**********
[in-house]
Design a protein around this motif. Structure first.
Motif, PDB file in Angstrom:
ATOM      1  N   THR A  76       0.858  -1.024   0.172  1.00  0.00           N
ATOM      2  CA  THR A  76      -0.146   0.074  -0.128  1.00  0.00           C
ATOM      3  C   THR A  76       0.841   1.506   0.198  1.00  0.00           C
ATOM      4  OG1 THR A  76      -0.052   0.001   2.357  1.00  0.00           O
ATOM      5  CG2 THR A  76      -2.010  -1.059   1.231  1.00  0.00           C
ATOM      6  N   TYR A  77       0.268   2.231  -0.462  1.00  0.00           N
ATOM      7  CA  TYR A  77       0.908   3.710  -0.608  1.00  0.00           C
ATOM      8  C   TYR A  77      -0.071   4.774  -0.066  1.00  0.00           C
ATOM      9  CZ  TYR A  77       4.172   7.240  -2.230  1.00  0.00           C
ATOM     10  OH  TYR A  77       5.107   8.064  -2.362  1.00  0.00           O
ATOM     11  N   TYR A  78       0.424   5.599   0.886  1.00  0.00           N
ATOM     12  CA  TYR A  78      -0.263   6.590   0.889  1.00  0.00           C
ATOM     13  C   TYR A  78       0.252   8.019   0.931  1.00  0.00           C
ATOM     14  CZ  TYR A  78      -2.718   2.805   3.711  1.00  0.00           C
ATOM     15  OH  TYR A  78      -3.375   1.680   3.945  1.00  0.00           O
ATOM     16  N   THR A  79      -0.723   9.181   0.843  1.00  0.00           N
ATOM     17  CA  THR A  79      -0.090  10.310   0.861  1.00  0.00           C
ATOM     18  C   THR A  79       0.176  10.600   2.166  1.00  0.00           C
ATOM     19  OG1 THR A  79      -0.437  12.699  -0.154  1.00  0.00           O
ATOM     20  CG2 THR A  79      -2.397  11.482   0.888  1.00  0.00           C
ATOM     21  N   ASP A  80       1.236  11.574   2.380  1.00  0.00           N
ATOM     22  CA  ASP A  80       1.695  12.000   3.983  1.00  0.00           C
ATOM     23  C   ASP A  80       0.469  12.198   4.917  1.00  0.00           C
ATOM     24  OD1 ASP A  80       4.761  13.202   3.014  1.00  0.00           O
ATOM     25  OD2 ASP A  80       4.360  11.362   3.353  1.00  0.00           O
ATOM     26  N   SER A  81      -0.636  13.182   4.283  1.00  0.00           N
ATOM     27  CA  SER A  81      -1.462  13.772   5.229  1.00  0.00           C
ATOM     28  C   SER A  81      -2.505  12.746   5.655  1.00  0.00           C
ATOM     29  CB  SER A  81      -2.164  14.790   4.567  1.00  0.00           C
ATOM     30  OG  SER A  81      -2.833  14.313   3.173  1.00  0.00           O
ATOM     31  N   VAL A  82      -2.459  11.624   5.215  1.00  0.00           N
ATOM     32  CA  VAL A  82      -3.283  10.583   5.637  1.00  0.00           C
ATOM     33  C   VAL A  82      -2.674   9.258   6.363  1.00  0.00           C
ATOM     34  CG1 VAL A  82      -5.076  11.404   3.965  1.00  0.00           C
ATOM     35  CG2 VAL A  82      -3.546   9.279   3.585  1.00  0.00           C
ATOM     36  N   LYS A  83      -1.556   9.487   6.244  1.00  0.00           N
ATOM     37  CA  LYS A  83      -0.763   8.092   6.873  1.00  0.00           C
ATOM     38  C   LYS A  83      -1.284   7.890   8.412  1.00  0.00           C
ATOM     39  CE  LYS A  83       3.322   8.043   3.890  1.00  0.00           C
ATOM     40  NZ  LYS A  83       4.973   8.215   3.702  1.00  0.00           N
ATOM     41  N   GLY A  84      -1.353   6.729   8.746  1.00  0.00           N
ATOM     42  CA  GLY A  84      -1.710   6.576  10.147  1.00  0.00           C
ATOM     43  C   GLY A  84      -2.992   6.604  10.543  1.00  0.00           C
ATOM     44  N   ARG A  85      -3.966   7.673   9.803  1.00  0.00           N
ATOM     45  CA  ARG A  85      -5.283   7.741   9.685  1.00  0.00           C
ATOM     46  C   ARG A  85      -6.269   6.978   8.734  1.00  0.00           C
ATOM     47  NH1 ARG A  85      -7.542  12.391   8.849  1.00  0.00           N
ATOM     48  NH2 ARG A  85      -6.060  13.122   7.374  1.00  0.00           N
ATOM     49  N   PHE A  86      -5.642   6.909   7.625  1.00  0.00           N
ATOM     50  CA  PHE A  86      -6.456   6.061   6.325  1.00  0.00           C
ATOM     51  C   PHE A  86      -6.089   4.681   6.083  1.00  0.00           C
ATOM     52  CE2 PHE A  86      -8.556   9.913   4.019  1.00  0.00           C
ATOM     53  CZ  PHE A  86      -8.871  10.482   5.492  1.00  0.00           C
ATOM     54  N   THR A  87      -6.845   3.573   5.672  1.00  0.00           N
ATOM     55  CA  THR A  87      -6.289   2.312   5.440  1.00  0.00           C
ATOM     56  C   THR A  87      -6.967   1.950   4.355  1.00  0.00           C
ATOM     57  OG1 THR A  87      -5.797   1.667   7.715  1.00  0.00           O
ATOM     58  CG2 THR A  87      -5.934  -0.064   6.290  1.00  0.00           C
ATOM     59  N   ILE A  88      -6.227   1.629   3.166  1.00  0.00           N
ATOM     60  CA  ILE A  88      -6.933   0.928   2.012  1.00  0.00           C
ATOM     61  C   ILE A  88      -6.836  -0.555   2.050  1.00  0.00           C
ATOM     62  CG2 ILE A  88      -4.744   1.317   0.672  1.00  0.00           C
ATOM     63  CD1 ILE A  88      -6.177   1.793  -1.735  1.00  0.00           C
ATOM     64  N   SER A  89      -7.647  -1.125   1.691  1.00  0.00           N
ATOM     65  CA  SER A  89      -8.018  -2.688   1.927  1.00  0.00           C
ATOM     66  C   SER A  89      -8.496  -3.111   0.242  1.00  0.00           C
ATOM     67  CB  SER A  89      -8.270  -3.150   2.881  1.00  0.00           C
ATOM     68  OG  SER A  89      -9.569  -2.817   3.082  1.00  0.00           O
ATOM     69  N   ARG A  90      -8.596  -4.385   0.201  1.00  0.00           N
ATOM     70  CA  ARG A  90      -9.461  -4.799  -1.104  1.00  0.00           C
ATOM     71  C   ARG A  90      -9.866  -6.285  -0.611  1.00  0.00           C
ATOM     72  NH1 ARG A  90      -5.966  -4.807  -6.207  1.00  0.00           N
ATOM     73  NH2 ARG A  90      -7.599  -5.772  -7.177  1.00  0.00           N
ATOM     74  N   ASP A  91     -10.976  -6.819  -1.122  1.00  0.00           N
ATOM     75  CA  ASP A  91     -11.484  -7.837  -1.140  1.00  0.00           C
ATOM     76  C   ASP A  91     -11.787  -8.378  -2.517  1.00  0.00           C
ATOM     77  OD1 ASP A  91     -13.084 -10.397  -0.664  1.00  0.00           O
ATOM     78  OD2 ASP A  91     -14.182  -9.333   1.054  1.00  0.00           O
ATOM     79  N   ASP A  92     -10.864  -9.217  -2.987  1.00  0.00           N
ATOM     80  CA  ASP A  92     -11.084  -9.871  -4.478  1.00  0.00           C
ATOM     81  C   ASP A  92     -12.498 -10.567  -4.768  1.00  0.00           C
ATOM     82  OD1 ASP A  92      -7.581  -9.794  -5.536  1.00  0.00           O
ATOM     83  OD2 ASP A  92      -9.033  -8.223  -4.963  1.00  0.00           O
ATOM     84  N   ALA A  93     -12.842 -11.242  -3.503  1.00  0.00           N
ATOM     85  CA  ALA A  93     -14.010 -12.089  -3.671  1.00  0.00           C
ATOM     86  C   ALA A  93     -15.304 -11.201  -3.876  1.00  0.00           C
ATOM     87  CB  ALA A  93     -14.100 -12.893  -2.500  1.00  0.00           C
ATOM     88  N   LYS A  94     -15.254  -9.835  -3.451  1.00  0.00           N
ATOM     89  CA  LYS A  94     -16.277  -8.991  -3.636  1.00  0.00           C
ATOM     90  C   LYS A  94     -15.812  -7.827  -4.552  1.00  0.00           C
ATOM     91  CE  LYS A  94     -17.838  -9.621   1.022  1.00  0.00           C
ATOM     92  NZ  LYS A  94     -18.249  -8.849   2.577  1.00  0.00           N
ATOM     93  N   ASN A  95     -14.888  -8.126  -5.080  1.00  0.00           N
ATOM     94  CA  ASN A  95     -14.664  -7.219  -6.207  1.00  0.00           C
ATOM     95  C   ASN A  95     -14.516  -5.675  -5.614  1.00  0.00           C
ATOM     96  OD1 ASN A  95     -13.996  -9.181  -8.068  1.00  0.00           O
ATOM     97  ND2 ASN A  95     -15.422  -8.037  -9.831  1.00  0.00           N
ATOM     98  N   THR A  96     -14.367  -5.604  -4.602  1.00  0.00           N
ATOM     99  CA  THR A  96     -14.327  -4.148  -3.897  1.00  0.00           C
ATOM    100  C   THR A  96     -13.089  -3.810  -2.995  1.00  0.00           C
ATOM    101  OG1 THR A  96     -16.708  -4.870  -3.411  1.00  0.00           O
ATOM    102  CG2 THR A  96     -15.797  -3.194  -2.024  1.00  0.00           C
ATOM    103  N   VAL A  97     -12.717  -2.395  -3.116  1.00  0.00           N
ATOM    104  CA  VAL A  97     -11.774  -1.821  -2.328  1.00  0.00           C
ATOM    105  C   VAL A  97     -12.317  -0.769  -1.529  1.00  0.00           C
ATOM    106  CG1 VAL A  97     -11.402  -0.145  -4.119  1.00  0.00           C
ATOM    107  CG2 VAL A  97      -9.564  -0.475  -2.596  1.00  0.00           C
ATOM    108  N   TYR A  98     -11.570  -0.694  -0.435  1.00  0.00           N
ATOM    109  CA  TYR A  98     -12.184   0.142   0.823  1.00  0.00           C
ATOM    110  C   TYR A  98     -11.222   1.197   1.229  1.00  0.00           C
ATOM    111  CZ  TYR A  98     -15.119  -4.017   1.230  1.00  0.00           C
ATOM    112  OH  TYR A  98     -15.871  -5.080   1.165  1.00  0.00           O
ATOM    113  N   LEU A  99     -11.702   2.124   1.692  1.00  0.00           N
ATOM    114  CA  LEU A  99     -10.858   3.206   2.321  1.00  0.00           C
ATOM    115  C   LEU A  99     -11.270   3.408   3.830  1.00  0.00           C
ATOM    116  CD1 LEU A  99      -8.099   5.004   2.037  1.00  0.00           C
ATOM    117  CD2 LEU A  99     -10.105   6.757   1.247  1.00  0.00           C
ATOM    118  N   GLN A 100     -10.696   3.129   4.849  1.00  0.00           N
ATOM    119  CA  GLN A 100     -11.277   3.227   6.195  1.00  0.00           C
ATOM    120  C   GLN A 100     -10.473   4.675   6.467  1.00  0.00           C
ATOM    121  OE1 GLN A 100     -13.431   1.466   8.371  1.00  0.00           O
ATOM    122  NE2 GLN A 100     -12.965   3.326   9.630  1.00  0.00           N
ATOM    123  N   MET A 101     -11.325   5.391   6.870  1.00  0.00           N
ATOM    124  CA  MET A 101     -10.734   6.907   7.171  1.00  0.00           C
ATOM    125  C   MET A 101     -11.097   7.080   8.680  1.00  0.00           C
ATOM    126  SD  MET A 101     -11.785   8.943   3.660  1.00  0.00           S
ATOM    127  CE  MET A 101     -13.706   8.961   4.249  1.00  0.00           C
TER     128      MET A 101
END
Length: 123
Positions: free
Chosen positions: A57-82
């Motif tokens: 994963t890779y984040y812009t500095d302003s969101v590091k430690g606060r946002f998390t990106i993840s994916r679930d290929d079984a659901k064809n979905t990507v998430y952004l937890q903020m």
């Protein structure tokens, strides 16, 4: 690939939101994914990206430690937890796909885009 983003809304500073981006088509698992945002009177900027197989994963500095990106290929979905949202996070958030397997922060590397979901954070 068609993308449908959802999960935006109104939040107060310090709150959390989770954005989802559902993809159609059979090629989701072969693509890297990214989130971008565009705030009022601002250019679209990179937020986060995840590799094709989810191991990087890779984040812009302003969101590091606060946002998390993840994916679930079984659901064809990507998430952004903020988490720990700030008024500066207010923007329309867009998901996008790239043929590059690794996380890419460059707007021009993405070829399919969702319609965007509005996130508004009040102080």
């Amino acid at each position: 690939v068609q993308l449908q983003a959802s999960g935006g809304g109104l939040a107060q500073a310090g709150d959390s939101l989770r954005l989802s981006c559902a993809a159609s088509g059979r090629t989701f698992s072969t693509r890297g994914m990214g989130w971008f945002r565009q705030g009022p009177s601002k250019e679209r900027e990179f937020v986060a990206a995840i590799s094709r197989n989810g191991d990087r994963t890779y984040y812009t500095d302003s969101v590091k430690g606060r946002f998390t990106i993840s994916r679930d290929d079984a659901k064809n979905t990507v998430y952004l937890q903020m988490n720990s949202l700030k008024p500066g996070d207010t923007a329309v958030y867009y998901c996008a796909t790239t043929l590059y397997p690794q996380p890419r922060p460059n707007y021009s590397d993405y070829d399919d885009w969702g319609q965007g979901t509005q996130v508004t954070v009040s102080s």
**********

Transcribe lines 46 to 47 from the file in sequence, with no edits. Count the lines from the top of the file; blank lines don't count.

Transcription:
ATOM     43  C   GLY A  84      -2.992   6.604  10.543  1.00  0.00           C
ATOM     44  N   ARG A  85      -3.966   7.673   9.803  1.00  0.00           N